During the 2016 election cycle, the topic of so-called "sanctuary cities" was a hot-button issue in several races, and now the Florida Legislature is considering a bill that would remove shields put in place by cities that have protections for illegal immigrants.
During a recent House session, State Rep. Carlos Guillermo Smith (D-Orlando) talked about the relative strength of the proposed legislation. Smith noted the following:
If Florida bill HB 697 - punishing sanctuary cities - becomes law "it will be the only law of its kind in the nation."
"First off, we have to establish that there's no legal definition of the term 'sanctuary city,'" said Gillin. "Generally speaking, though, it's where a city or a town's local law enforcement doesn't necessarily work with federal law enforcement when it comes to immigration issues."
When it comes to the proposed legislation, Gillin notes that the language is pretty clear. "The bill that's being considered says that county and local law enforcement agencies must comply with and support enforcement of federal immigration laws," said Gillin. "Any local jurisdiction that doesn't comply will then face stiff penalties, including losing grant funding for a period of five years."
PolitiFact reached out to experts across the country to see if there was similar legislation already in place. "What we found was that no other state has a law on the books with the kinds of penalties that this proposed law would impose on violators," said Gillin.
Gillin notes that the bill hasn't passed yet, but if it were, it would be in a league of its own when it comes to 'sanctuary cities' legislation and penalties when compared to existing legislation in other states, which leads to a MOSTLY TRUE ranking on PolitiFact's Truth-O-Meter.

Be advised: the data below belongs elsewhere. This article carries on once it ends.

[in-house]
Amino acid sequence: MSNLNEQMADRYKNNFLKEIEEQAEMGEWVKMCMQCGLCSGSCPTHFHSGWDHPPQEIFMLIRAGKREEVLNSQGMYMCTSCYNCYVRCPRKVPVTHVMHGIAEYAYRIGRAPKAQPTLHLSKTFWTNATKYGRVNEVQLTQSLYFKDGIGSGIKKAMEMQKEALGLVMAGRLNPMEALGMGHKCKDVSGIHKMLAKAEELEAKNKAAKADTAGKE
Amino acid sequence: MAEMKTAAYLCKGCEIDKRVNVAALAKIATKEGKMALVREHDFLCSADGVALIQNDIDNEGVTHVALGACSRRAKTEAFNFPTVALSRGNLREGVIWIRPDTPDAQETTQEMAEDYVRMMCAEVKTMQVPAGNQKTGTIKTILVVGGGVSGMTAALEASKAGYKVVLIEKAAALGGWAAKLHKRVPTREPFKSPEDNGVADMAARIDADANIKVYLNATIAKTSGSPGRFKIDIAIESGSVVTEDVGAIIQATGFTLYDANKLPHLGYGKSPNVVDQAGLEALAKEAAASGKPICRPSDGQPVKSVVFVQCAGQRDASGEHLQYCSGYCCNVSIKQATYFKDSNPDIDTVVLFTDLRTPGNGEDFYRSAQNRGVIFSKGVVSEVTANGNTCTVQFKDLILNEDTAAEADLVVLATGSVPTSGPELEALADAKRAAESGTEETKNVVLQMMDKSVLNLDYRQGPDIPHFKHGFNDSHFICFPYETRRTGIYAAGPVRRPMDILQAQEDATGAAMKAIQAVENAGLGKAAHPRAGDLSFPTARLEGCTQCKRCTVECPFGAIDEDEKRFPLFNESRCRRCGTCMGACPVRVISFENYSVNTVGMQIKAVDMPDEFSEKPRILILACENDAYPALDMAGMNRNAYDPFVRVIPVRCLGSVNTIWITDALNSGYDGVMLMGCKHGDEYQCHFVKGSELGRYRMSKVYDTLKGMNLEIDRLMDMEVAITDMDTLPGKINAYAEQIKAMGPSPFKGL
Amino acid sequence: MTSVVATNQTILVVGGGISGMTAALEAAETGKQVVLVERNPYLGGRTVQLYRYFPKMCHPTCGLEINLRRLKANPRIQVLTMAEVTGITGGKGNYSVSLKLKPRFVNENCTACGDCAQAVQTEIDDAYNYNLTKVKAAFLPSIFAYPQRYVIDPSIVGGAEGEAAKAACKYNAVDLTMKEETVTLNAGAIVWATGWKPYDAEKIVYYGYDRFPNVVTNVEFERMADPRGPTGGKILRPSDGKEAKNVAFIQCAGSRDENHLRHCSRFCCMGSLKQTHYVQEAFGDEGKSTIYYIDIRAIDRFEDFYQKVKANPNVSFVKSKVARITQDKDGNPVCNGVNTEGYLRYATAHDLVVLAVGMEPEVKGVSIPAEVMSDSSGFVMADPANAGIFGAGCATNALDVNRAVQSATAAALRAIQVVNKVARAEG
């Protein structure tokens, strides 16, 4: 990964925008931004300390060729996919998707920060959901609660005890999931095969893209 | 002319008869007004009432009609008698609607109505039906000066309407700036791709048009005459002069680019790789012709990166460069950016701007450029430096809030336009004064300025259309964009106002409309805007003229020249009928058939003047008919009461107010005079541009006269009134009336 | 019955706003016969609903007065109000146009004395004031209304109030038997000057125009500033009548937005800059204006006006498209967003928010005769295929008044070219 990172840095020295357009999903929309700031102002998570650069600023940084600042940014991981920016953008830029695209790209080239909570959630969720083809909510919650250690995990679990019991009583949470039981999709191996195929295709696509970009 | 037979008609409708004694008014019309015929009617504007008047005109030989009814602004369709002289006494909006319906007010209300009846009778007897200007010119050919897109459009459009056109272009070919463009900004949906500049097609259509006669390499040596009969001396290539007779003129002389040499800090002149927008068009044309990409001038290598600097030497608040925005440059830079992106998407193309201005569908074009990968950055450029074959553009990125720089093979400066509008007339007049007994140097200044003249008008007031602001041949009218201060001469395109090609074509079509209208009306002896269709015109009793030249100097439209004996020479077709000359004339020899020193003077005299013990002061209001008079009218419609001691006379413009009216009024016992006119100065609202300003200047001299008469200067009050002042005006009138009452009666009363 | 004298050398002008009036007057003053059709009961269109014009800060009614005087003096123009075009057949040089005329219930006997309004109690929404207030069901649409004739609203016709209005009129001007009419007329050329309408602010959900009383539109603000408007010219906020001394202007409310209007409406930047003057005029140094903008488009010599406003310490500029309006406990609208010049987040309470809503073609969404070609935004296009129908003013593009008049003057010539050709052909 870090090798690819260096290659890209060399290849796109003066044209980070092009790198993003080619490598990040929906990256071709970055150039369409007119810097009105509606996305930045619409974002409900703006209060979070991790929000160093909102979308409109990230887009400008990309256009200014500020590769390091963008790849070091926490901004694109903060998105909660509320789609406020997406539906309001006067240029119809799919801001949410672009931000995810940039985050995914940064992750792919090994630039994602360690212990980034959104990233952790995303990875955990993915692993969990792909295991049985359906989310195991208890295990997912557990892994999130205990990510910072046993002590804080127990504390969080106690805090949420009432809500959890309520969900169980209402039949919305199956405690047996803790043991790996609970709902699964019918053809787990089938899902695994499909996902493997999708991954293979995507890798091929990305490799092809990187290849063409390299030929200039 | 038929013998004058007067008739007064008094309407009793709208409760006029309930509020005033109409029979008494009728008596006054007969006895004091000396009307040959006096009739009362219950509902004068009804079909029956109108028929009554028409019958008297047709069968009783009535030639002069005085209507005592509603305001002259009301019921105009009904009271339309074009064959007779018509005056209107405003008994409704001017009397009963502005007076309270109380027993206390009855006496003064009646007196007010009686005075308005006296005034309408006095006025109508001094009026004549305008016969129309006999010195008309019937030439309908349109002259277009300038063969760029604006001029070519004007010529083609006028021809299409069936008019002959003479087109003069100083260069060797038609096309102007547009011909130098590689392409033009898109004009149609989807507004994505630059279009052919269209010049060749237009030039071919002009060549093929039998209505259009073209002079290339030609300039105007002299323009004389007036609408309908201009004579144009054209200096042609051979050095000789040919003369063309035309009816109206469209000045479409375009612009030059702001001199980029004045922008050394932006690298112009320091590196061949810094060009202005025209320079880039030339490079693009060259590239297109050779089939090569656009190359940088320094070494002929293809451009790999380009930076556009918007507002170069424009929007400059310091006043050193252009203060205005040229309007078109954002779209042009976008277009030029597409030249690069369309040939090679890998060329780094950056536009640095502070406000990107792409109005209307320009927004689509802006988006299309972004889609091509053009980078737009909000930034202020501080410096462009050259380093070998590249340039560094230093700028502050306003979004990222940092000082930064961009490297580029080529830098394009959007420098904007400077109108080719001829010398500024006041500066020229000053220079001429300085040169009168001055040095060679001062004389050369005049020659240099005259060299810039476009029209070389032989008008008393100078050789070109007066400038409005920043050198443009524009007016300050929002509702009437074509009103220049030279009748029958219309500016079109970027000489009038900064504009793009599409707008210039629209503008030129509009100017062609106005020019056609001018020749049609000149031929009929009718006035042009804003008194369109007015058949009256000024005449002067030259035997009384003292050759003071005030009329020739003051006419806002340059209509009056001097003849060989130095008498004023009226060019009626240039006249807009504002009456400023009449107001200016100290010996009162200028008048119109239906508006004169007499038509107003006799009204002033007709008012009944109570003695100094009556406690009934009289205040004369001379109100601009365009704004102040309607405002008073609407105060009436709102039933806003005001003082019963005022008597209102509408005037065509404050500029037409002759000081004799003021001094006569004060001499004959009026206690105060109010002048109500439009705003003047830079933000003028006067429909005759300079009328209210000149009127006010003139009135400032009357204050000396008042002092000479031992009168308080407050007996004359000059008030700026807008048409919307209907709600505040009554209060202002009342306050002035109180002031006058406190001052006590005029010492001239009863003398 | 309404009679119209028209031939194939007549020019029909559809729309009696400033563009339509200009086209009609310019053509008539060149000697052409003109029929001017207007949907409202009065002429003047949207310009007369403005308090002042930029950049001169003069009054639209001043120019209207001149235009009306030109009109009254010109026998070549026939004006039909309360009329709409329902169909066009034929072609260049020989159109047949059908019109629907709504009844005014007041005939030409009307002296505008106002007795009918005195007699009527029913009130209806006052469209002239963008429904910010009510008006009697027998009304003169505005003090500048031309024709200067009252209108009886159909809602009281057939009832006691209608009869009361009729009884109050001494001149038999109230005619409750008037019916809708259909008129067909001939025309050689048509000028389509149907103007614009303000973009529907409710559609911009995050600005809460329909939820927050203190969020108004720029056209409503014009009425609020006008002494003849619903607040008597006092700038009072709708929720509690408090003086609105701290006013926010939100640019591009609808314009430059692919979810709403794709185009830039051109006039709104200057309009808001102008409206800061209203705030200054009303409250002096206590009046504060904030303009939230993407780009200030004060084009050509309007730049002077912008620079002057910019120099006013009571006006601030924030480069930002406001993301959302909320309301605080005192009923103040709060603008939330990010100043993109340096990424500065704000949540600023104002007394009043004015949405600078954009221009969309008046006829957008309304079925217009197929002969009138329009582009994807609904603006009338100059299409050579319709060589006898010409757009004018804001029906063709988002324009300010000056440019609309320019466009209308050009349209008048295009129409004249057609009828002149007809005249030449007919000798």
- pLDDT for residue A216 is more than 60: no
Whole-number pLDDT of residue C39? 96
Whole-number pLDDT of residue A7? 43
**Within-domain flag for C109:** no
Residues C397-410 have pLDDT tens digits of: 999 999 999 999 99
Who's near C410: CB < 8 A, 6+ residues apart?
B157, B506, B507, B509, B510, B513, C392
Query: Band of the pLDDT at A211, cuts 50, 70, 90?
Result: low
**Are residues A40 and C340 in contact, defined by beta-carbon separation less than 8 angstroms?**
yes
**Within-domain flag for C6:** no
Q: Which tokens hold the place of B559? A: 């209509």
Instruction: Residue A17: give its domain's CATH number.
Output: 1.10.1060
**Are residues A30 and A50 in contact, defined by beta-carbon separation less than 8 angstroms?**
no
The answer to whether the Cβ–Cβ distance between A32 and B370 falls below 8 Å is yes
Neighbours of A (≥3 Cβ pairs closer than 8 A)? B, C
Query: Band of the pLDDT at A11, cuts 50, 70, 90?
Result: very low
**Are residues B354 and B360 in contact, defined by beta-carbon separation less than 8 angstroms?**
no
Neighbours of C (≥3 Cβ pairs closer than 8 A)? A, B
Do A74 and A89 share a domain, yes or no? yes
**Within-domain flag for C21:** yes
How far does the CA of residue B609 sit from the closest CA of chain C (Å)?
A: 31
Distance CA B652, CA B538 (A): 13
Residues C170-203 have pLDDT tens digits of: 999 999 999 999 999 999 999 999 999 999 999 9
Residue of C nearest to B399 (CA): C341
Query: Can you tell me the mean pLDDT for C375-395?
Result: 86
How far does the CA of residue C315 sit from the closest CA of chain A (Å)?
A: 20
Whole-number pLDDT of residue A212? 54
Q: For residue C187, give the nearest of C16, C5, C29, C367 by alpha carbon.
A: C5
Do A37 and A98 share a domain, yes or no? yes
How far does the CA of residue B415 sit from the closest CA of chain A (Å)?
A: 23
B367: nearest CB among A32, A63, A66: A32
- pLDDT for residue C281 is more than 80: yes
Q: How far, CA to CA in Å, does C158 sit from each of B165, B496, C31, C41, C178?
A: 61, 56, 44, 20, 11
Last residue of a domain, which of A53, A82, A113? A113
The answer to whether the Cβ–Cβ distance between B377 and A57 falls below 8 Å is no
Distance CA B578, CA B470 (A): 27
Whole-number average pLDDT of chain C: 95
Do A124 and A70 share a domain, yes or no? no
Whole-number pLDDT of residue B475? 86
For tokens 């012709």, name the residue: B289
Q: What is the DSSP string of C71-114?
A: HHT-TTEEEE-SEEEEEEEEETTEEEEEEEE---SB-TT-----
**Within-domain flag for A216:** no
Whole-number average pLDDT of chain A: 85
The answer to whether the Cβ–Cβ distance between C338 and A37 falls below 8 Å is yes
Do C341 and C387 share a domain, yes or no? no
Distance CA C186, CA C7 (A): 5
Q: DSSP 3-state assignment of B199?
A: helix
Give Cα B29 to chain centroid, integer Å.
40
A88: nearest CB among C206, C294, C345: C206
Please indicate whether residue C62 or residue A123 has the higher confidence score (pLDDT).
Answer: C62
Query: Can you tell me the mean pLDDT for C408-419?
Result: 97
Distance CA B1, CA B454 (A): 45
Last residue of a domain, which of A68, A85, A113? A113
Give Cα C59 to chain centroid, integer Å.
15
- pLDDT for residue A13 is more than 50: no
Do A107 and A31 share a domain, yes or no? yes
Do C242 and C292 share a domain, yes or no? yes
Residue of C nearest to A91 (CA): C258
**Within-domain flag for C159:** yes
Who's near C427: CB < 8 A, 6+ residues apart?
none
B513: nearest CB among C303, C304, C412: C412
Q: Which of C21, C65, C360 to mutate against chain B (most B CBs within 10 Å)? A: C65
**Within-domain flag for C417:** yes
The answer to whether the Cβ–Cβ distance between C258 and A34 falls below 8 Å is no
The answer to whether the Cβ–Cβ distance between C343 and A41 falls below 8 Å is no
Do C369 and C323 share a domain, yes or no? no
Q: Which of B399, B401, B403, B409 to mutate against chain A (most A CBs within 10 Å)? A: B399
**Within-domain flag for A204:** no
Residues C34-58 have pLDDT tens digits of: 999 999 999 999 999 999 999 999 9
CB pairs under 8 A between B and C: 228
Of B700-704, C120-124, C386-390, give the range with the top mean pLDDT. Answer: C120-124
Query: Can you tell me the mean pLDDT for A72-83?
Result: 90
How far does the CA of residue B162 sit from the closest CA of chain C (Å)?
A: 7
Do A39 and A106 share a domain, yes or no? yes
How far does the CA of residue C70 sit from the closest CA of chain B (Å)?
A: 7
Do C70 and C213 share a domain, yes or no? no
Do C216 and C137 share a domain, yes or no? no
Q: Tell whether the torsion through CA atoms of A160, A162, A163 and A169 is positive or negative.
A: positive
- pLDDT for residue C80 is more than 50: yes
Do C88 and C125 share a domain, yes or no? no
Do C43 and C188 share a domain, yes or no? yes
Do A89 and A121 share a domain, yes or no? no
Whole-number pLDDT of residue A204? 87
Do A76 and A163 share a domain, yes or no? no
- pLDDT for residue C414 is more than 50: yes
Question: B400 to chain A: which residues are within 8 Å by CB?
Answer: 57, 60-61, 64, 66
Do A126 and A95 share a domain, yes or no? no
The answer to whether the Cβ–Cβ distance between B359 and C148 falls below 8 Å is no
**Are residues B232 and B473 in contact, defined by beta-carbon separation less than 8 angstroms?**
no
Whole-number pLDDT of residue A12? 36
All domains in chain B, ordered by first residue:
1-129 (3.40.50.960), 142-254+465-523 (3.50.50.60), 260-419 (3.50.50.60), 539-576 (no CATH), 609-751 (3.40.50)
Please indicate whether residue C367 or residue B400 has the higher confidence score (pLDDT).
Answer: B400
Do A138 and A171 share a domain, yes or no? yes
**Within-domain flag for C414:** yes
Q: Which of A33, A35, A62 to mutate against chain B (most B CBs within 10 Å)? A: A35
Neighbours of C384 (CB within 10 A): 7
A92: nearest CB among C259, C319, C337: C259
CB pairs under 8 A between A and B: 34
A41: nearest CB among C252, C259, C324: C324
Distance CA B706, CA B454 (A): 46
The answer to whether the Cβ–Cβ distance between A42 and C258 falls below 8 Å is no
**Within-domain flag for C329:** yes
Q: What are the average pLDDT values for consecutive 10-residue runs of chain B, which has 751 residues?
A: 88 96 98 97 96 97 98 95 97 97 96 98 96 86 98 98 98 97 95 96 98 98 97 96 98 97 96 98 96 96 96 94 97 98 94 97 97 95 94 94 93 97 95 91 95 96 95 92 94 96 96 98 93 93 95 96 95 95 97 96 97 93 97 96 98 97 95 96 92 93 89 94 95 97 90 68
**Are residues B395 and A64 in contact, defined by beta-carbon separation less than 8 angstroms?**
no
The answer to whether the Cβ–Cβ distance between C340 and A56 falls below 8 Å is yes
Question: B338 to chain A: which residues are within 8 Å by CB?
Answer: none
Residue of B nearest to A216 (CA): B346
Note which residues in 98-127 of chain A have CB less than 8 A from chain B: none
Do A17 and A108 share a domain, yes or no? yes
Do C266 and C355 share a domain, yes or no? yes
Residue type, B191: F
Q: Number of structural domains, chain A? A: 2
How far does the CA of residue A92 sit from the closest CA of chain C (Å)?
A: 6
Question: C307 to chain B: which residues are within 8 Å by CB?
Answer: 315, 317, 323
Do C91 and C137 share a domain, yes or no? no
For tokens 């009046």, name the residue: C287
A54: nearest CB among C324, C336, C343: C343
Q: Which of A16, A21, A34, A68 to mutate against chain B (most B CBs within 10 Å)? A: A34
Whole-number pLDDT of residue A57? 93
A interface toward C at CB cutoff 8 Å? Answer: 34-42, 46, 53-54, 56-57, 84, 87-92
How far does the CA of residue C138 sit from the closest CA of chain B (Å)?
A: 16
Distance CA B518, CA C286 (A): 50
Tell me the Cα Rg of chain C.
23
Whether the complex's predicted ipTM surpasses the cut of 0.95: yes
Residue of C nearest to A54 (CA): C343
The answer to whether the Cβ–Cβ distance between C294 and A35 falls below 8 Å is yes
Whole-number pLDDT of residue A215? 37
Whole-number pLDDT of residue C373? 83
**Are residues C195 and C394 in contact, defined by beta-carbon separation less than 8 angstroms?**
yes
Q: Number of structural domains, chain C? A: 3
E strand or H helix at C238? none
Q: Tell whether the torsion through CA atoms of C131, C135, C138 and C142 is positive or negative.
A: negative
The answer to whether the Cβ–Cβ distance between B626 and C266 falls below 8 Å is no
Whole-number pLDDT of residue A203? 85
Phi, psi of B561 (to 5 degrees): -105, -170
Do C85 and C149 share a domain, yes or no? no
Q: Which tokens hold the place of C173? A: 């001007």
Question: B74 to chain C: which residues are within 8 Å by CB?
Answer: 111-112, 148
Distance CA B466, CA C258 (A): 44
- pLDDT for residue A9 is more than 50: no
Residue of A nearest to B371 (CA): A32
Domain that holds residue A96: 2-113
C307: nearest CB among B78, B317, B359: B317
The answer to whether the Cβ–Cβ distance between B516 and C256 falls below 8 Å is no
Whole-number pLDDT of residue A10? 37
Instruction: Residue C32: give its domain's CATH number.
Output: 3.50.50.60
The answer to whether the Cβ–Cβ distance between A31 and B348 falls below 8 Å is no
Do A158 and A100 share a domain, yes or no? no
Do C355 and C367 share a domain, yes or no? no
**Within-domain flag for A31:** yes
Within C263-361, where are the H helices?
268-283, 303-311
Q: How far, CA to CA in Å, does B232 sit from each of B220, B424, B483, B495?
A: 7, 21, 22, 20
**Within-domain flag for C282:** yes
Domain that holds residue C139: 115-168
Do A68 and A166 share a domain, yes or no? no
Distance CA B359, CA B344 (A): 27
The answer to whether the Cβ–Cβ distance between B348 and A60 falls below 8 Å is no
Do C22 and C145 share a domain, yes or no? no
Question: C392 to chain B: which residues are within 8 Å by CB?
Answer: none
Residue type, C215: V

SOURCES: Sanctuary cities legislation
- PolitiFact ruling
- Email interview, Ann Morse, director, Immigrant Policy Project, National Conference of State Legislatures, March 28
- Email interview, Monica Varsanyi, an associate professor at political science at John Jay College of Criminal Justice, CUNY, March 28
- Email interview, Avideh Moussavian, a policy attorney at the National Immigration Law Center, March 29.
- Email Interview, Bill Hing, professor of law, School of Law, University of San Francisco, March 27
- Email interview, Kevin Johnson, dean and professor of immigration and refugee law, University of California - Davis School of Law, March 27
- Email interview, Gabriel "Jack" Chin, immigration law scholar at the University of California-Davis, March 27
- Email interview, Rep. Carlos Guillermo Smith, March 27
- Interview, Ida V. Eskamani, legislative aide to Rep. Smith, March 23
- Interview, Rep. Metz, March 28
- ACLU, immigration detainers
- Texas state legislature online, SB 4
- NCSL, Sanctuary City FAQ
- The Indy Channel, "In Indiana, no 'sanctuary cities' thanks to 2011 law," Jan. 26
- Florida House, HB 697, filed Feb. 7